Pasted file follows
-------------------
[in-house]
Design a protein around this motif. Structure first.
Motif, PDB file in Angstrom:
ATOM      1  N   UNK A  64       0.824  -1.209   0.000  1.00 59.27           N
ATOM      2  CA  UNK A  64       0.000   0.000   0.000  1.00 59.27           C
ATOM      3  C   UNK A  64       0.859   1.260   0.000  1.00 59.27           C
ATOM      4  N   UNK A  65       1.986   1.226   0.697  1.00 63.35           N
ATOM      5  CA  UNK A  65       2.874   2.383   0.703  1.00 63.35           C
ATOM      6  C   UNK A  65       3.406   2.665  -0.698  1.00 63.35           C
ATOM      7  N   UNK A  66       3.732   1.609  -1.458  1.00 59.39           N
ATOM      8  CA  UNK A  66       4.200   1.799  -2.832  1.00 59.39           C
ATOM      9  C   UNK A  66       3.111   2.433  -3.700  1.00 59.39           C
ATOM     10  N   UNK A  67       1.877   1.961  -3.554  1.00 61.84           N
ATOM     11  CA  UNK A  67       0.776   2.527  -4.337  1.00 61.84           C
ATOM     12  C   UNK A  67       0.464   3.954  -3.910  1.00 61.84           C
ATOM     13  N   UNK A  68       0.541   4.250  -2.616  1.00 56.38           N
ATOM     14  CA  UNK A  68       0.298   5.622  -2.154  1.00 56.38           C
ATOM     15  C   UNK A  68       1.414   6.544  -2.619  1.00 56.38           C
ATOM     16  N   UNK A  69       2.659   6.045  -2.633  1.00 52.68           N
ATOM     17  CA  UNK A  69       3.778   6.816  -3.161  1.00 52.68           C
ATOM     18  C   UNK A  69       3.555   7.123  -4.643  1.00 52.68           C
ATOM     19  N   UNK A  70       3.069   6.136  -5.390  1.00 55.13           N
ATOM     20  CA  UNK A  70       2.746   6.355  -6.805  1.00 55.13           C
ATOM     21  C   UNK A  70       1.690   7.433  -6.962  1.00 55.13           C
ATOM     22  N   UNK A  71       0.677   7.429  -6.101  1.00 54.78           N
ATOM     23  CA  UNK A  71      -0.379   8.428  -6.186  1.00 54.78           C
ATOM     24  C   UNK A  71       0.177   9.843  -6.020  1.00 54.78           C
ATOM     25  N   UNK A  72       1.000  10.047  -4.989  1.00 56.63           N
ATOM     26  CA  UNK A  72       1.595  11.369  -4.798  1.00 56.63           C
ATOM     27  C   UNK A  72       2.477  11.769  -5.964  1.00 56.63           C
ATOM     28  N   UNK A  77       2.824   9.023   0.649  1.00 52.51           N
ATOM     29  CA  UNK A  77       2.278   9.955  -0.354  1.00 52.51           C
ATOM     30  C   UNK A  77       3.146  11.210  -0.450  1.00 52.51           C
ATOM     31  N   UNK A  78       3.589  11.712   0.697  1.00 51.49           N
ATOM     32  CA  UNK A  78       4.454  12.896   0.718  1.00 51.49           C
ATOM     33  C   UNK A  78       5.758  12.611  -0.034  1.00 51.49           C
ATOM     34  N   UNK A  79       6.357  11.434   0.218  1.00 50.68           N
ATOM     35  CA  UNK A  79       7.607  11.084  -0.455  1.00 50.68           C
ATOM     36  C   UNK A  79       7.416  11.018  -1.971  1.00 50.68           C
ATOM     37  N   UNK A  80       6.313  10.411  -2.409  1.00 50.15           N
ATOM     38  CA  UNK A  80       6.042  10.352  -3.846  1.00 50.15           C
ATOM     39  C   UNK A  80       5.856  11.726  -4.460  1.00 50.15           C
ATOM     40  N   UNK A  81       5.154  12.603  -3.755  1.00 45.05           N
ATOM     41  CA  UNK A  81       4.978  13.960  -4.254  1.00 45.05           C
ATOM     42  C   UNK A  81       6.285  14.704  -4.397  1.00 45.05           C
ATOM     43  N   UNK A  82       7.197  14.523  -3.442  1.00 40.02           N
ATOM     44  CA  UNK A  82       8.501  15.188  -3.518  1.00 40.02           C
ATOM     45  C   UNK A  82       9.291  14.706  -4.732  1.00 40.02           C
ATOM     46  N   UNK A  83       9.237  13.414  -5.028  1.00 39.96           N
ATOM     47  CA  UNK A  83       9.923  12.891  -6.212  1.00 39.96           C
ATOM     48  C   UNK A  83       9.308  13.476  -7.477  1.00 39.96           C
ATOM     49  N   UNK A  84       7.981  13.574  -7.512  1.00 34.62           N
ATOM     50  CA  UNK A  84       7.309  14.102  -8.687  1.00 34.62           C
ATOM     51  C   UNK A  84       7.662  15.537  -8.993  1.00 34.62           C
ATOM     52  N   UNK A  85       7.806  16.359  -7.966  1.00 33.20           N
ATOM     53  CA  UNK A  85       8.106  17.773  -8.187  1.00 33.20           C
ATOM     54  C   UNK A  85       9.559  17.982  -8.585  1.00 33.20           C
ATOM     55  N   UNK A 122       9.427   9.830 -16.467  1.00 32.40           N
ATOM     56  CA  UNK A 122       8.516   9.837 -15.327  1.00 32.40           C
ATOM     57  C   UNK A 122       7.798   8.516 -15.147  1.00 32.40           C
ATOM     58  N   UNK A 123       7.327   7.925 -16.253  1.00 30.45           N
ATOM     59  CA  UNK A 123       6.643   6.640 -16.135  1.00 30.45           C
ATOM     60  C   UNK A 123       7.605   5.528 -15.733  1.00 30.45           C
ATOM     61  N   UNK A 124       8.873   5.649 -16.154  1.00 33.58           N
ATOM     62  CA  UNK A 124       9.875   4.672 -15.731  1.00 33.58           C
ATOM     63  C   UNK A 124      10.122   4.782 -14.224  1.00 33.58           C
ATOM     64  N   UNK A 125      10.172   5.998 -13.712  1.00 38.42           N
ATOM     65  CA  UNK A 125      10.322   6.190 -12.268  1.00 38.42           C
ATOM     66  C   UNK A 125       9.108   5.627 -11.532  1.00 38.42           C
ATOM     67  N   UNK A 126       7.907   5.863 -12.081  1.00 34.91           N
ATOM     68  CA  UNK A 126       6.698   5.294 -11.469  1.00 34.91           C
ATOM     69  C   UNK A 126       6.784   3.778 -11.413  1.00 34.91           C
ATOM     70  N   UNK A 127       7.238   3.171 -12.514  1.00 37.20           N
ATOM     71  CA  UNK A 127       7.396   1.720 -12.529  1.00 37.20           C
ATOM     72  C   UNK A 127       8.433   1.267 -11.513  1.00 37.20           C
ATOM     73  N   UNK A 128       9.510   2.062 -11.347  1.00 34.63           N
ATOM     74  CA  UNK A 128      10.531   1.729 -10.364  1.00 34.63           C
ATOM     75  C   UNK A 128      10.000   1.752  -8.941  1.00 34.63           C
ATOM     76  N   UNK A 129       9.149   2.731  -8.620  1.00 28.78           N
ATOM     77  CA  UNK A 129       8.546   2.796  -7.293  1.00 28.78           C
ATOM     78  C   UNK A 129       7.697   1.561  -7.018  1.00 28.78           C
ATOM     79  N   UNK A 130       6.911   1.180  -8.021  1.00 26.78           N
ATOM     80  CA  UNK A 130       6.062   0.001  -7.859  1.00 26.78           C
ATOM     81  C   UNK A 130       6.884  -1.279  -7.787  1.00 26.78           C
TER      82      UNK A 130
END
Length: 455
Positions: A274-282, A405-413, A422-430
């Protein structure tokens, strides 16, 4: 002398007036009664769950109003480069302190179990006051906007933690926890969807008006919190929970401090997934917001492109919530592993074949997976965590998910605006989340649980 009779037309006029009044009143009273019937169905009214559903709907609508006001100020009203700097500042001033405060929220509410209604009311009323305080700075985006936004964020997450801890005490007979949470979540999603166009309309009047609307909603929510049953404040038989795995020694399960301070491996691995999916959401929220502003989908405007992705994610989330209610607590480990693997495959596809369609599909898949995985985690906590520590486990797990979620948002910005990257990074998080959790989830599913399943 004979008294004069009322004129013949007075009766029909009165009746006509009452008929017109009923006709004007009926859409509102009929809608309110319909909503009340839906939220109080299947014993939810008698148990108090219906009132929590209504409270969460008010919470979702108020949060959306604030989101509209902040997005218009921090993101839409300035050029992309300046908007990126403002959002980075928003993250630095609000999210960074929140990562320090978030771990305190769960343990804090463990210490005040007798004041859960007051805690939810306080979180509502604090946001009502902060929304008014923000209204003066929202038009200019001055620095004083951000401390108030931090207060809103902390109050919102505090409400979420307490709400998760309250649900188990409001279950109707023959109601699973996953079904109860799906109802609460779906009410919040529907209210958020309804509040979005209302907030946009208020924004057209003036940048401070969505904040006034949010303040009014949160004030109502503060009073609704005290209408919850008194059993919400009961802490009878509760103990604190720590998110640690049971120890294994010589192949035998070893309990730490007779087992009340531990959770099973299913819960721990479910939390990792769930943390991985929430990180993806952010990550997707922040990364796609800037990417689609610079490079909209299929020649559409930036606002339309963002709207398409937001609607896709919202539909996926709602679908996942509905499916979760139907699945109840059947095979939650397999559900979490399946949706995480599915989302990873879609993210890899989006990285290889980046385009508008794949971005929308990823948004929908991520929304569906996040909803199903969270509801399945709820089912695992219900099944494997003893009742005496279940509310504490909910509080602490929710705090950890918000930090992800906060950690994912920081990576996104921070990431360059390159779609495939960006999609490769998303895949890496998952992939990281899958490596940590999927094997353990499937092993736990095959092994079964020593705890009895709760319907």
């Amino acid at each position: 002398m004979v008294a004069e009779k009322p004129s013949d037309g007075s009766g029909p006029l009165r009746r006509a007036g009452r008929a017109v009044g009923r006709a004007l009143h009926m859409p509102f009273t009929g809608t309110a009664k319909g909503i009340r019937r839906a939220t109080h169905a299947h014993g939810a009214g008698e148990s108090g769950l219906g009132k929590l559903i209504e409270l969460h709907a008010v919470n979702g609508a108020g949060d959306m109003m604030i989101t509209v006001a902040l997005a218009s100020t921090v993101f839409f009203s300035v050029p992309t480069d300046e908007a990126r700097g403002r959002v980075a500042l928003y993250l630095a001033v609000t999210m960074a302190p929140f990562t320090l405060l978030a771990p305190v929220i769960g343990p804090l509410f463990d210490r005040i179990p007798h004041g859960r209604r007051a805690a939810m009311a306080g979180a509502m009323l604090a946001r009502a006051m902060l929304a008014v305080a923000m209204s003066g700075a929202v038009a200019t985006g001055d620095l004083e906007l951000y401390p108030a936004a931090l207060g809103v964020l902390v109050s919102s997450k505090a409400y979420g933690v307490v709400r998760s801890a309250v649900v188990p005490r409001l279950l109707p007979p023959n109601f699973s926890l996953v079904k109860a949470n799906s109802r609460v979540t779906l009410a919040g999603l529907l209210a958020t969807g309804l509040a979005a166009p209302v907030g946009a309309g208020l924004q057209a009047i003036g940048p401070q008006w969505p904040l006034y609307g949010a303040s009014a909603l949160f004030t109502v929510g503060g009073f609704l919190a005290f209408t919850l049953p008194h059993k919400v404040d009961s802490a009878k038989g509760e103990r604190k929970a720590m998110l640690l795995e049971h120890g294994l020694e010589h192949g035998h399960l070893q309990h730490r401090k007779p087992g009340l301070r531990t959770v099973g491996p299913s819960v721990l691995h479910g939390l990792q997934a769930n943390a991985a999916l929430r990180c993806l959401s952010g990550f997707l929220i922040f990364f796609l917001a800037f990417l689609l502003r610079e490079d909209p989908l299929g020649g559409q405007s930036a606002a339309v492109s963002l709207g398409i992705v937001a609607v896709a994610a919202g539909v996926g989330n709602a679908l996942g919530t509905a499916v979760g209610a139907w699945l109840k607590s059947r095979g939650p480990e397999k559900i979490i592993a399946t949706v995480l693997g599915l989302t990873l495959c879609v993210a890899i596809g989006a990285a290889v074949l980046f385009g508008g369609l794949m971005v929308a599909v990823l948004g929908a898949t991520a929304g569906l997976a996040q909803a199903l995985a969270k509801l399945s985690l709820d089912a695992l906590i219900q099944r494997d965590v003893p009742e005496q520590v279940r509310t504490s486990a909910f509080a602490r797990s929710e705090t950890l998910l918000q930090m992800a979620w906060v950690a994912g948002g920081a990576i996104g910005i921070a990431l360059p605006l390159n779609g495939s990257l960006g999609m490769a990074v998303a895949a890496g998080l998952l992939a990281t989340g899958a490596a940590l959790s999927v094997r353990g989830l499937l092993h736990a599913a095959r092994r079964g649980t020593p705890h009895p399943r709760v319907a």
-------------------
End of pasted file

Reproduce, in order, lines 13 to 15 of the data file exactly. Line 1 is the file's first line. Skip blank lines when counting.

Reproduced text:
ATOM     10  N   UNK A  67       1.877   1.961  -3.554  1.00 61.84           N
ATOM     11  CA  UNK A  67       0.776   2.527  -4.337  1.00 61.84           C
ATOM     12  C   UNK A  67       0.464   3.954  -3.910  1.00 61.84           C